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At a Time Many Seek Bargains, Some Office Buyers Are Willing to Pay More

Mark Heschmeyer

July 1, 2021

CoStar Analysis Finds One-Third of Purchases Exceeded Replacement Cost

When Hines Global Income Trust paid $215.7 million in May for a 396,344-square-foot, 10-story office building near Nationals Park and the Anacostia River in Washington, D.C., it marked a vote of confidence from a fund that hadn’t bought an office property in five years. The move also exemplified a risky strategy that nearly one-third of a select group of office building investors are taking in 2021, according to a CoStar analysis.

Hines was willing to pay about 5% more for the 97% leased building than it would cost to build it new, CoStar research shows. When existing buildings trade above replacement cost, that tends to create an opening for other investors to launch new developments. Those properties can then compete more effectively for tenants by offering slightly cheaper rents.

But not always. In today’s market, the advantages of building new can be negated by rapidly rising construction costs, the uncertainty of office space demand coming out of the pandemic, and the reluctance on the part of lenders to finance new projects.

“If I’m buying an older existing product, I would generally like to buy it at or below today’s replacement value, because I don’t want a new product to be able to offer the same rent as me,” Alan Pontius, senior vice president and head of real estate firm Marcus & Millichap’s office and industrial division, told CoStar News in an interview.

“That said, the reason I might be willing to pay above replacement value in San Francisco or Seattle or Boston is because of the complications, the hurdles and the inflation of construction. It’s not that easy to build in those areas. So, what I’m banking on is a calculation against construction/replacement today that by the time [a new] building is coming out, the hurdles are three years down the road, best case.” In Boston, he referred to cases where investment in life sciences buildings is “exploding.”

Roughly one-third of office buyers, largely big institutional players, paid on average 1.55 times more than the construction replacement cost, according to a CoStar analysis. Nearly two-thirds of buyers in deals examined by CoStar paid prices well below construction replacement costs. They paid on average a 32% discount to the minimum of what it would cost to construct the same building in the same market.

In looking at sale prices versus construction replacement costs, CoStar reviewed individual Class A and Class B office building sales this year of $8 million or more in 20 central business districts and urban locations across the country. Prices were compared to estimated construction costs in those areas provided by Cumming, an international construction project management and consultancy firm.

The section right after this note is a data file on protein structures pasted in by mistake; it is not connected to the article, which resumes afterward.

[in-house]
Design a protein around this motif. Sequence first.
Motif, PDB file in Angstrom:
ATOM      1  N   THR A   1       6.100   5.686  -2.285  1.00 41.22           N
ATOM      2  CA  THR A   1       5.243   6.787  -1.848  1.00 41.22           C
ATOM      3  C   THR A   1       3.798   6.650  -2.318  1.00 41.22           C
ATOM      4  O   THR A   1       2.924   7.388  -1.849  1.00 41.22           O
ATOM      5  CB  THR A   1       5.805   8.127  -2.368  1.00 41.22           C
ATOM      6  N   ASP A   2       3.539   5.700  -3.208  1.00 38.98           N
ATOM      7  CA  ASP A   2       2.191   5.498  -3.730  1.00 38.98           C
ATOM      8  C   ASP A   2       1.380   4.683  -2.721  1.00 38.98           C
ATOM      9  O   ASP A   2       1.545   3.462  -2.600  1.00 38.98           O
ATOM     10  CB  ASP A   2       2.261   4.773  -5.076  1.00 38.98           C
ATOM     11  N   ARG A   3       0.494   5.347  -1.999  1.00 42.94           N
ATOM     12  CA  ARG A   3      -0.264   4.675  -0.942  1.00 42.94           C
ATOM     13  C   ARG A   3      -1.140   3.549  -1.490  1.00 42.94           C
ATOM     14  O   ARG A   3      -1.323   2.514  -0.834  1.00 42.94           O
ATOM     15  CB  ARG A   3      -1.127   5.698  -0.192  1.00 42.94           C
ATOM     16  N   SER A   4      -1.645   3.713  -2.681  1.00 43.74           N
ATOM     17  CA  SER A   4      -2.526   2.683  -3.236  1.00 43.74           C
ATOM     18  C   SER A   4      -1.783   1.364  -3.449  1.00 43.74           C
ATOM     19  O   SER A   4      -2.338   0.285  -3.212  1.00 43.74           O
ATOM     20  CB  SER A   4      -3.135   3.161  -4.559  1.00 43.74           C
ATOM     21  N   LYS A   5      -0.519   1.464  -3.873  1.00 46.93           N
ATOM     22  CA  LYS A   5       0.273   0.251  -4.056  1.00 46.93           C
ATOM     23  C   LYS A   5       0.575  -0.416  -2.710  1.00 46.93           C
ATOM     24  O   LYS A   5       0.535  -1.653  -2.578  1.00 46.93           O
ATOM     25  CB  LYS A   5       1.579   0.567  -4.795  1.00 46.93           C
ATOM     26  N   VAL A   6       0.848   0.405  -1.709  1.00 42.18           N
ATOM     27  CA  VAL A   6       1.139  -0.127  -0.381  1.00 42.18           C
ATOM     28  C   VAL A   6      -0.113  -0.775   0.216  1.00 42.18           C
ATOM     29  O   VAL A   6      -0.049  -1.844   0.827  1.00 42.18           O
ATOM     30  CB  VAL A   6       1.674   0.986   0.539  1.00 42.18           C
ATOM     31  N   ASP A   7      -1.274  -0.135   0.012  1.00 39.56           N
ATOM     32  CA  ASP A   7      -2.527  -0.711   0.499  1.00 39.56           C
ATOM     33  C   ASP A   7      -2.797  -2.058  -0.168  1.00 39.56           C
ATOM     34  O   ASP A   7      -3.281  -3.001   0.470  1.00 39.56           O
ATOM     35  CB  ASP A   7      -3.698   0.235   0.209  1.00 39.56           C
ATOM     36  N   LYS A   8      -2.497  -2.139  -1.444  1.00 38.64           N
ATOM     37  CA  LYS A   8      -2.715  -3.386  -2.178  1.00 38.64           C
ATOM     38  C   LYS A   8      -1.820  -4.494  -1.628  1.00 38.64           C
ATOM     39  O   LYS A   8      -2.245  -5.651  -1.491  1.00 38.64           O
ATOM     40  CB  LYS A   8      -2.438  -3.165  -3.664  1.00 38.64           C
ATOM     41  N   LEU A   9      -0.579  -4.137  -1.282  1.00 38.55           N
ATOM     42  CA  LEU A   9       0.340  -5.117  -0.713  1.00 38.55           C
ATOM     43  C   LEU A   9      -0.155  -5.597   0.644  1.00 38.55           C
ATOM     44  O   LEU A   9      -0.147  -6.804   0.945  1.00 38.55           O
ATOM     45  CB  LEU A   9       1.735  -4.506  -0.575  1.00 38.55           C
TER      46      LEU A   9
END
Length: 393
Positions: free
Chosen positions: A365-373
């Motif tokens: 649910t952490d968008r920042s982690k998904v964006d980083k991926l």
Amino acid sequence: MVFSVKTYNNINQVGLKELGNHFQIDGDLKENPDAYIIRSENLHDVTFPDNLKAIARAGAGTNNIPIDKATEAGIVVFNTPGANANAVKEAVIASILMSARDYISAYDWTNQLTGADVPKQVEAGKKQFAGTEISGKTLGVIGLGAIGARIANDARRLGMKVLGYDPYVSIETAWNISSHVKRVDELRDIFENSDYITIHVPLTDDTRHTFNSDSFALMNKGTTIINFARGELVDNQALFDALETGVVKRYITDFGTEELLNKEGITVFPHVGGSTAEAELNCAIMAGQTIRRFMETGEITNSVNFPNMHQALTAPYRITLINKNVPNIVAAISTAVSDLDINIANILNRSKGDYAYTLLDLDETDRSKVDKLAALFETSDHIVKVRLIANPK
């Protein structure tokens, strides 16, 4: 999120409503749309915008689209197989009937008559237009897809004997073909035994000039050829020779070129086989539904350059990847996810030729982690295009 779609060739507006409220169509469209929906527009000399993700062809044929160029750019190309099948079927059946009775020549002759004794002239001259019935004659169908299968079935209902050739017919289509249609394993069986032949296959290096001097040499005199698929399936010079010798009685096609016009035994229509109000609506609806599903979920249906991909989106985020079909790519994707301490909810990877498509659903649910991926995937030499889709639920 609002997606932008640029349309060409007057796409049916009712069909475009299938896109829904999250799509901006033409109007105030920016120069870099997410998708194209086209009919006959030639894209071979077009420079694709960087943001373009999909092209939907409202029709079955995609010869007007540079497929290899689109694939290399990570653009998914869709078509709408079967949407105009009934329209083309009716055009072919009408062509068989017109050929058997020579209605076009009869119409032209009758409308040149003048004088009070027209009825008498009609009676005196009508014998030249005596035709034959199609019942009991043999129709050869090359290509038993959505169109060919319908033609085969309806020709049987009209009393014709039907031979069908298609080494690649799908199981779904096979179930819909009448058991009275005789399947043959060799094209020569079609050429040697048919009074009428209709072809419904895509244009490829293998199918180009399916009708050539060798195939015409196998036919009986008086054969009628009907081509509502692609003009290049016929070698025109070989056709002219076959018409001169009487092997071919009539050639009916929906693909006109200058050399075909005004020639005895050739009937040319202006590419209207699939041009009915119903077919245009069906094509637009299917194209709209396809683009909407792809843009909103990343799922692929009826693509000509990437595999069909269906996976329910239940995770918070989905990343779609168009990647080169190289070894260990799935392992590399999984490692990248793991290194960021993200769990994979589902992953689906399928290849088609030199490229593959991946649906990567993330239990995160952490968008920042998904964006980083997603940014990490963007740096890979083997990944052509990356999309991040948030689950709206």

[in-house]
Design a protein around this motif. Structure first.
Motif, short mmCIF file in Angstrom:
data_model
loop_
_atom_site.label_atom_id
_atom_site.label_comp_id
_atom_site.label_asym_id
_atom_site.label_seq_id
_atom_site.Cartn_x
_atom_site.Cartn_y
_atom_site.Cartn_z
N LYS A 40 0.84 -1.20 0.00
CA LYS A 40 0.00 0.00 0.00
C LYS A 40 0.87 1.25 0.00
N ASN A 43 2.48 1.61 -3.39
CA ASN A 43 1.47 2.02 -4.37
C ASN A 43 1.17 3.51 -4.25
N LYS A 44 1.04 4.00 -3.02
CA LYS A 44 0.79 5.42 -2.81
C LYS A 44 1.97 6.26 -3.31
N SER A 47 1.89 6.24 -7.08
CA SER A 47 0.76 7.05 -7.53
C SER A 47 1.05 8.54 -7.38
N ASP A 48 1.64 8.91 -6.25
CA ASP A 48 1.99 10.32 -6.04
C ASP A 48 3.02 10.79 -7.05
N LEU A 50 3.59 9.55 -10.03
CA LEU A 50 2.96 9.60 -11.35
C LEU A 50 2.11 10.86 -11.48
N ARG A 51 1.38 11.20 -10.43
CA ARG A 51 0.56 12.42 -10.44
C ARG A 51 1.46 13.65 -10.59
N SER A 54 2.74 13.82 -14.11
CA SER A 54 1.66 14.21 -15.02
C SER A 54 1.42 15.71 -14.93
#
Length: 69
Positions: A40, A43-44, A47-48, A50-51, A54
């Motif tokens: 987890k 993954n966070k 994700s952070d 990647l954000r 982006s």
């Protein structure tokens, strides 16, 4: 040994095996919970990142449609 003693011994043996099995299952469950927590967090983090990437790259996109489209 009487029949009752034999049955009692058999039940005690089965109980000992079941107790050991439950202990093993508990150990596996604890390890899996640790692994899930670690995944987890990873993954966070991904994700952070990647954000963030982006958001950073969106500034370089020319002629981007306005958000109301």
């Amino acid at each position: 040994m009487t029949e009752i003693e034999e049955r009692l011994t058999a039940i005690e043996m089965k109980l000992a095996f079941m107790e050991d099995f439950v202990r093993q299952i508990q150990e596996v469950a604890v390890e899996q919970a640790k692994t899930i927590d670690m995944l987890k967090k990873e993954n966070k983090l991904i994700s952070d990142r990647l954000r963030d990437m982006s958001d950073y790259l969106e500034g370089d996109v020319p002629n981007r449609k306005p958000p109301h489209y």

Office buildings that sold above replacement construction cost tended to be larger and more expensive, according to the analysis, averaging about 191,800 square feet and selling for $845 per square foot. In many cases, the buildings were occupied by investment-grade tenants under long-term leases.

Properties in the group that sold below construction costs averaged about 113,400 square feet and commanded an average of $370 per square foot. Many had high vacancies.

“Looking through the data, it’s interesting to see that the locations that were hit by the stop/start nature of the market — Boston, New York City, Philadelphia — saw figures below the construction cost,” Daniel Pomfrett, national director of forecasting and analytics at Cumming, said in an email to CoStar News. “Los Angeles saw some [sales above construction costs], which is not unexpected as that is currently a hot market that is bouncing back quicker than many other locations on the West Coast. The East Coast seems to have taken the brunt of the cost differences.”

The rising cost of labor and timing of when new projects come to the market will be key to whether the strategy of paying above construction costs provides the best value for the money, according to Pomfrett.

“Construction costs are going to continue to rise, so consideration should also be given to renovations as well as new builds, as often we see properties sold and then a rebranding/upgrade occurring,” Pomfrett said.

Capital Comes Back
On the construction financing side, Brian Ward, CEO of Atlanta-based Trimont Real Estate Advisors, described a positive, but mixed, rebound this year depending on asset type.

“Surprisingly, we are back,” Ward said. “Levels of construction capital flowing into the market are really, really strong.”

But most of the money is going toward multifamily, he said.

“I don’t see [capital flowing to the office sector] because of the macro forces at play,” Ward said. “I think people are going to watch and wait and see how the post-COVID economy employee usage and occupancy per square foot come along. And I don’t see [lenders] will begin to go big in that sector again for a little while.”

In addition, Ward said the “upward pressure on replacement costs will tend to obviously pressure upward [sale] prices. And that increase in replacement costs is just going to continue to help bolster that thesis of those who have invested in existing properties.”

Another factor weighing on investors’ decisions to buy or build is land values beneath potential construction sites, especially as the overall demand for office space remains relatively depressed, according to Marcus & Millichap’s Pontius.

“I don’t think there’s an appetite right now for too much new construction," Pontius said. "Most of the money is quiet, at least from the development standpoint, because the idea of putting up a speculative office development today just doesn’t make sense to anybody.”

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